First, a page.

Survivor takes on the role of poster girl in cancer appeal

Cancer survivor Tina Barnett. Picture submitted
Cancer survivor Tina Barnett. Picture submitted

A brave cancer survivor who watched her husband and sister go through diagnoses is now a poster girl to encourage others to spot the signs.

Tina Barnett is helping to lead Cancer Research UK’s ‘spot cancer sooner’ campaign which tells stories of real women and how knowing their bodies saved their lives.

The 53-year-old discovered she had breast cancer at an early stage - but only after what happened to her sister, Marilyn Edwards.

The pair were on holiday in Spain in 2004 when Tina noticed that her sister’s breast was misshapen and puckered.

Tina said: “It was so bad it looked all twisted and pulled out of shape, but she had never mentioned it and had never been to the doctor’s. I asked her why, and she said it was because she was too scared.”

Her sister was diagnosed with breast cancer and six years later, Tina spotted similar signs in her own body.

She now wants to use her own experiences to encourage other Warwickshire women to make sure they know their own bodies and can spot worrying changes.

Talking about her own diagnosis, Tina said she saw some dimpling in her breast as well as a pea-sized lump and knew “immediately what it was and what to do”.

“I went straight to the GP, told him about my lump and what had happened to my sister,” she said.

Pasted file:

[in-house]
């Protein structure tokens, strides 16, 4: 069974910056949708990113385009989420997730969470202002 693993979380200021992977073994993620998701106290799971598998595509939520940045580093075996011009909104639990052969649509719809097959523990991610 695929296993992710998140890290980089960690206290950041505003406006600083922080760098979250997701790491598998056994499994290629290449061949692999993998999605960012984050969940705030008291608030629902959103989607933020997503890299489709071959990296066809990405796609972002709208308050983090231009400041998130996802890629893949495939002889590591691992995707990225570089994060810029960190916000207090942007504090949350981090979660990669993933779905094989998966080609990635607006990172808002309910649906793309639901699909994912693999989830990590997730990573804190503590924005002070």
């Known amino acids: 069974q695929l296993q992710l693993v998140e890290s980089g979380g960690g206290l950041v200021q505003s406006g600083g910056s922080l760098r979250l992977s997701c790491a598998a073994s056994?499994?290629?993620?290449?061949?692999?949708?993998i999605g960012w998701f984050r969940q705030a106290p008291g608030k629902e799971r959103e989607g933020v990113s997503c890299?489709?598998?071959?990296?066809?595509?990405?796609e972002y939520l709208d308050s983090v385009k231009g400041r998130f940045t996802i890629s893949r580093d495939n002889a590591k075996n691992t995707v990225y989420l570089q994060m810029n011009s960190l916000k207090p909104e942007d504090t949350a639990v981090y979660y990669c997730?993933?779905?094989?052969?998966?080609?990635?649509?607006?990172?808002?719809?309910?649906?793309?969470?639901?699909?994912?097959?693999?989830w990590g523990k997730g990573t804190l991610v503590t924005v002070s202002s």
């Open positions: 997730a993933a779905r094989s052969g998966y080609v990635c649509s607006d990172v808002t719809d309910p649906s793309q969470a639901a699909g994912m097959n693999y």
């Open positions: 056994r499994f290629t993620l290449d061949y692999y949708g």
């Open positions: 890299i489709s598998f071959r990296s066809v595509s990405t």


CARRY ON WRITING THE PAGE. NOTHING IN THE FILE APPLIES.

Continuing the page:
The early diagnosis meant she was able to have the lump removed rather than a mastectomy, and underwent months of treatment.

Tina, who works at Catermasters in Leamington, ran the Race for Life in 2012 with the names of friends and family with the illness on her back.

But in 2013 when she ran again, tragically had to add the name of her husband Paul who was diagnosed with lung cancer following a persistent cough that would not respond to antibiotics.

The 60-year-old electrician’s tumour is inoperable but Tina said celebrating life day by day keeps the family going, as well as spreading the word to help others check for signs in their own bodies.

“It was wonderful to celebrate his birthday with him because when he was first diagnosed we didn’t think he would make it,” said Tina.

“It is so important that people get to know their own bodies and aren’t afraid to discuss any changes. It saved my life.”

Posters supporting the campaign with real women are up across the Midlands with funny introductions pointing out people’s flaws before the hard-hitting message kicks in.

Martin Ledwick, head information nurse for Cancer Research UK, said: “Knowing what’s normal for your body gives you the edge, so you are more likely to spot unusual changes, and be able to get them checked out.

“It is important to act early in the fight against cancer. That means not being embarrassed to talk about your body. Spotting cancer in its early stages means it is usually much more vulnerable to today’s modern treatments.”

Visit or contact a nurse on 0808 800 4040 for details.